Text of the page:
What is conjoint analysis?


Conjoint analysis is one of the most widely used and powerful quantitative methods in market research. It helps uncover how people make choices and what they really value in products and services.

The most common type of conjoint analysis, called choice-based conjoint, involves presenting people with choices from several product concepts and then analysing the drivers for those choices. The output from conjoint analysis is measurement of utility or value. It is perfectly suited for answering questions such as:

  • “Would an increase in price lead to more sales or less?”
  • “What additional features should we build?”
  • “Will this new product cannibalise the market share of my existing products?”

The utility scores (also known as partworth utilities) are used to build simulators that can forecast market shares for a set of different products offered to the market. Through modelling (simulating) people’s decisions, you can find optimal features and pricing that balance value to the customer against cost to the company and forecast potential demand in a competitive market situation.

Conjoint analysis is a robust methodology that has been developed since the 1970s. It far surpasses its alternatives, such as SIMALTO and self-explicated conjoint, in its predictive power. Thanks to Conjoint.ly, you do not need to dive deep into technicalities of the methodology that desktop software tools require. And you can rest assured in the quality of the analysis and full functionality.

How conjoint works

The foundation of conjoint analysis is breaking a product or service down into its components (they are called attributes and levels) and then testing combinations of these components in order to find out what customers prefer. It is then possible to estimate the value (also called “partworth utility”) of each component of the product in terms of its effect on customer decisions.

For example, a smartphone may be described in terms of attributes such as brand, screen display, colour, and price. Each of these attributes is broken down into levels - for instance levels of the attribute for screen display might be 5”, 5.5”, 6”.

Example conjoint analysis choice task: respondents are asked to choose between three concepts (alternatives), each consisting of levels from four attributes

Rather than merely asking respondents what they like in a product, or what features they find most important, conjoint analysis employs the more realistic task of asking respondents to choose between potential product concepts, which are combinations of attributes and levels. These product concepts are then carefully assembled into choice sets. Each respondent is typically presented with 8 to 12 choice sets (or questions).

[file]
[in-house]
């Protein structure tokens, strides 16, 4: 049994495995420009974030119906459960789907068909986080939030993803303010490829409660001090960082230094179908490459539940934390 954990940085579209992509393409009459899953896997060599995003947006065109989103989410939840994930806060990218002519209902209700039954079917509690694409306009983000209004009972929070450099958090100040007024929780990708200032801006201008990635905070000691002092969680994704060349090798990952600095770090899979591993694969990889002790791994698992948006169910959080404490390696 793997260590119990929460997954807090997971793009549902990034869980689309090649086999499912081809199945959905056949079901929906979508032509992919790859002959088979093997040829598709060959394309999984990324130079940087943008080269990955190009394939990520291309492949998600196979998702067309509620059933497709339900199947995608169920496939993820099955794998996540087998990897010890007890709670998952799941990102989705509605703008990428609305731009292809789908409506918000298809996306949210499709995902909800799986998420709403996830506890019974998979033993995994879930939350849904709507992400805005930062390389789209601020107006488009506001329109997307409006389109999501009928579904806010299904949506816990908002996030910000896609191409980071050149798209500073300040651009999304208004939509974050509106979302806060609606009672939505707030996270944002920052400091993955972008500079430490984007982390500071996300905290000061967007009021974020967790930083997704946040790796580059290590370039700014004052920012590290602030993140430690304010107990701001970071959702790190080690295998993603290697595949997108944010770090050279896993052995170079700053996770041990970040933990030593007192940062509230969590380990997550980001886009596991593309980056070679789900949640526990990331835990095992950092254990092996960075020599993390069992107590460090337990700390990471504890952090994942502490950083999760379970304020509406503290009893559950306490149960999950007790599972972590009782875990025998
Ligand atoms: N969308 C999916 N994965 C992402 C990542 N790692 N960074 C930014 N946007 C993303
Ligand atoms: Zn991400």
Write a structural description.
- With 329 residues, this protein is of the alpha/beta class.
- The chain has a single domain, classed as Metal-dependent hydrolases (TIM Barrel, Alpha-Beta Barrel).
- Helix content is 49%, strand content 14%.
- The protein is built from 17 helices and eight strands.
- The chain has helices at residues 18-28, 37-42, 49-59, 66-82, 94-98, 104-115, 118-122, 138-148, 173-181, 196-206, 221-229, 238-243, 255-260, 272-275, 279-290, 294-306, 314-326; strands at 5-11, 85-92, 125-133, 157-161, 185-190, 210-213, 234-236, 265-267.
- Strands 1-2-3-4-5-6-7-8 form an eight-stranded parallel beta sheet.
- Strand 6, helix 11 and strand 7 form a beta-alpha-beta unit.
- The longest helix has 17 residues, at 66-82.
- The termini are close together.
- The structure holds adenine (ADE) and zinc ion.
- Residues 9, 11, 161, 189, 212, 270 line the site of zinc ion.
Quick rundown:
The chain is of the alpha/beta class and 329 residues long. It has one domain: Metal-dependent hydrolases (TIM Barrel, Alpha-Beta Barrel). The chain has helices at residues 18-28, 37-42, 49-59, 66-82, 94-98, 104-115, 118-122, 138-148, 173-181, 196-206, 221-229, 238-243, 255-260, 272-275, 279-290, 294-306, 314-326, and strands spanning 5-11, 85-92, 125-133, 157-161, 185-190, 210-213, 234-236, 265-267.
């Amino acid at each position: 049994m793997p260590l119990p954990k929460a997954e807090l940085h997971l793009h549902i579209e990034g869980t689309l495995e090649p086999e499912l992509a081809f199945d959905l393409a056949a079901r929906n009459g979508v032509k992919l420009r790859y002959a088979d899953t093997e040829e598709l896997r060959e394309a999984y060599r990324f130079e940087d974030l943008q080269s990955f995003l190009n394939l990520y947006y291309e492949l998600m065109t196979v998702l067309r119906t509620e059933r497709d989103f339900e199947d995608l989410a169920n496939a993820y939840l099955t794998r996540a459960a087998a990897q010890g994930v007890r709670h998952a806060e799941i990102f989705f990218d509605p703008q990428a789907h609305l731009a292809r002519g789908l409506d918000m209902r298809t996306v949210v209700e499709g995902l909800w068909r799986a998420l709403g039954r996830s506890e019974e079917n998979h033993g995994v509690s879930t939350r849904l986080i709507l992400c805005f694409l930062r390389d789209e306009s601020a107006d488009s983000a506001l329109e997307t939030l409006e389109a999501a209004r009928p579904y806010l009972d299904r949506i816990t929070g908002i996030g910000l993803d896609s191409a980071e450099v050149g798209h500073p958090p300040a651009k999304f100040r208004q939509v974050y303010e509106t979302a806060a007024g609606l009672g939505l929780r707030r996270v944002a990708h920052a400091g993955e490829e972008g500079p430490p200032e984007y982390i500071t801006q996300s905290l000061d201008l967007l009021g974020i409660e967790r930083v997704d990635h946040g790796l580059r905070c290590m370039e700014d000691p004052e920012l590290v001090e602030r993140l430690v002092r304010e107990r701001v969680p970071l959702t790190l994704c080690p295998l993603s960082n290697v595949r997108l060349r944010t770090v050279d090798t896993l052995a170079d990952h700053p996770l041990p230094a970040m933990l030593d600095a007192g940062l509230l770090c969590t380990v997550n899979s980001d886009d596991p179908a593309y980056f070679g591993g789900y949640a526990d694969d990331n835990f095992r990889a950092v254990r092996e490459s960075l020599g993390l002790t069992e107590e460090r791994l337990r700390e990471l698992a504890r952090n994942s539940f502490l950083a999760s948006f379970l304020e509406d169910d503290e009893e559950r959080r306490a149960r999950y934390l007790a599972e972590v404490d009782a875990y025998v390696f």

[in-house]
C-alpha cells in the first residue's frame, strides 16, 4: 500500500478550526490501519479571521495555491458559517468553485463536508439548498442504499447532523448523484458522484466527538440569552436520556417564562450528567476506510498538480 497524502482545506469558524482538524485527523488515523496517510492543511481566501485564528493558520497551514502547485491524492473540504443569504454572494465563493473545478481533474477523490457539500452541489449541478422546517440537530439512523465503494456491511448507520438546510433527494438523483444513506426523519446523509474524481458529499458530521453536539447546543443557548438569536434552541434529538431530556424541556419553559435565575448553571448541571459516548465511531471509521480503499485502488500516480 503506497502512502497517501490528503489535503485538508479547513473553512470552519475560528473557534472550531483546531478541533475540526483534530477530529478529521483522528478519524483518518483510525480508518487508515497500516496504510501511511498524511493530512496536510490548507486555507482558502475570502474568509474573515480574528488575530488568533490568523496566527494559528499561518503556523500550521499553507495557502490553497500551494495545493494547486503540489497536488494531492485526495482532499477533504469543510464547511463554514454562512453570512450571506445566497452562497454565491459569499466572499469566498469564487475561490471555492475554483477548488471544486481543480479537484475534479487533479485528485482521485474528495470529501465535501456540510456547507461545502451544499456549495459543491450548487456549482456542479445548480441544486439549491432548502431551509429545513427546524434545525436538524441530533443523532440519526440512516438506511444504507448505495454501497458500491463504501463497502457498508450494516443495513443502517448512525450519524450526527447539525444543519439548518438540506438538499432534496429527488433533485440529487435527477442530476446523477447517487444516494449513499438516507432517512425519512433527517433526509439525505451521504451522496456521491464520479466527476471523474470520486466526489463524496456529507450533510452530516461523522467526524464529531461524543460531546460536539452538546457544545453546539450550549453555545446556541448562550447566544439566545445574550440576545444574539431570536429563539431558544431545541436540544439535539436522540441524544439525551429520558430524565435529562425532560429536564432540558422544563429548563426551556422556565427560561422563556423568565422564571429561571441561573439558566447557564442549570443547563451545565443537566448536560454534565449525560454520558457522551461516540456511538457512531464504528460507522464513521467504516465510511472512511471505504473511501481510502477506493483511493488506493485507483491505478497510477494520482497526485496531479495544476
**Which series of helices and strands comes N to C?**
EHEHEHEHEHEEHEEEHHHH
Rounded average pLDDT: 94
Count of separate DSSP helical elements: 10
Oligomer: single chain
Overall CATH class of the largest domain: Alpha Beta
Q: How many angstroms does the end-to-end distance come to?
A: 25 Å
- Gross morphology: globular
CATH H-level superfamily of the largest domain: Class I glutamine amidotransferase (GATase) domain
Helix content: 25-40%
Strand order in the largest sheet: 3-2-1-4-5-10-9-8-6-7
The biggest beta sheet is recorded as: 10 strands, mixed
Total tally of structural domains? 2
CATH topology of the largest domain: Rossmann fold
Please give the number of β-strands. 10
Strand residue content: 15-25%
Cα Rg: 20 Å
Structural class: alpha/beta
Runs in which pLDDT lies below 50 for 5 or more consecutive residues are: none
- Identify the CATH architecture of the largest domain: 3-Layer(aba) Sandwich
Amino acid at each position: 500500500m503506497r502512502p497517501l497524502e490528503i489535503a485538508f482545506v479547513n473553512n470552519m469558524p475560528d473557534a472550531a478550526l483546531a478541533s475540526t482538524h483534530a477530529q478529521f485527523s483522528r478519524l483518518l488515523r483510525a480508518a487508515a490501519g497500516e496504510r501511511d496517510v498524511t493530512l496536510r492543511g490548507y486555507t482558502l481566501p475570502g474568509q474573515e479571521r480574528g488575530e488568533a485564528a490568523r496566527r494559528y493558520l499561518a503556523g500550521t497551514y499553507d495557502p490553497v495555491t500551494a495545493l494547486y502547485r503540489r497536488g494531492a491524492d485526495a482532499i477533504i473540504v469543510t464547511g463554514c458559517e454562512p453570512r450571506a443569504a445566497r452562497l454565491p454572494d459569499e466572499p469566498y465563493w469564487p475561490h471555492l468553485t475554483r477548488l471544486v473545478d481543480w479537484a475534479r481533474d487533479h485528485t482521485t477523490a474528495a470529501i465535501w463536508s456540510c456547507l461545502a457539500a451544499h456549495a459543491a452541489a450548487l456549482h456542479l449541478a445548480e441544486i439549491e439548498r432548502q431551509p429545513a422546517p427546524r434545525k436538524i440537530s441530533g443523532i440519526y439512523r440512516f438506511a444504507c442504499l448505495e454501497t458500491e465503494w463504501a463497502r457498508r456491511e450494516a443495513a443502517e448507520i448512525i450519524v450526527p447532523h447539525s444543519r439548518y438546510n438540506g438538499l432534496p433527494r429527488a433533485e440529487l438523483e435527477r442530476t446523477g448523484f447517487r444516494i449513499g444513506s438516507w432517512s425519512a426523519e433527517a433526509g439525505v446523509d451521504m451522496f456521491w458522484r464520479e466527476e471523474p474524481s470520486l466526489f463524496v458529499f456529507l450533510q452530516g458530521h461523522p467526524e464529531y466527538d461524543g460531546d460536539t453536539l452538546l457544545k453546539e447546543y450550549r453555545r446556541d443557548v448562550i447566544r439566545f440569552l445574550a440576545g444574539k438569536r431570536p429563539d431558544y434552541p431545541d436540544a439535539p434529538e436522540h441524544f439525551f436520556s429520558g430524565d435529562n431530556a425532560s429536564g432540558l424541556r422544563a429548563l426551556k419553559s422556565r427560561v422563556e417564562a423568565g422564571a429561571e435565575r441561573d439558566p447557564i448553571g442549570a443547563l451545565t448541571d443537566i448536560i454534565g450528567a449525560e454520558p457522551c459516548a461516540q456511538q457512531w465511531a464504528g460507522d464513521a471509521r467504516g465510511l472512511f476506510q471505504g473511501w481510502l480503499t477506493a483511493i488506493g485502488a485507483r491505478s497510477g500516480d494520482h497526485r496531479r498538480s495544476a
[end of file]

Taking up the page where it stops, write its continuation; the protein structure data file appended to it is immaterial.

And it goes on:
The process of assembly of levels into product concepts and then into choice sets is called experimental design and requires a substantial deal of statistical expertise. Conjoint.ly automates this process, using state-of-the-art methodology. You can specify the number of alternatives (concepts) per choice set, the number of choice sets per respondent, and other settings when you set up an experiment.

Then respondents go through the conjoint survey to complete the choice tasks (typically it takes a couple of hundred responses, but may vary depending on the complexity of the study). You get a report that contains:

  • Relative importance of attributes (attribute partworths),
  • Relative value by level (level partworths),
  • (In a brand-specific study) average rating of each brand,
  • Marginal willingness to pay,
  • Market share simulation (both online and in an Excel file)
  • Ranked list of product constructs,
  • Segmentation of the market based on preferences,
  • All the raw data in Excel, including preferences of individual respondents for the different levels, and
  • Other types of output.

Advantages of running conjoint on Conjoint.ly

  • Being the home of conjoint analysis, Conjoint.ly offers complete set of outputs and features through an accessible interface.
  • Conjoint.ly embodies an agile approach that puts you in control of the research process without hiring costly statisticians.
  • Ready for any application of conjoint analysis (pricing, feature selection, product testing, new market entry, cannibalisation analysis, etc.) in any industry (telecommunications, SaaS, FMCG, automotive, financial services, etc.).
  • Our support team is ready to help with you with your studies if you need any assistance.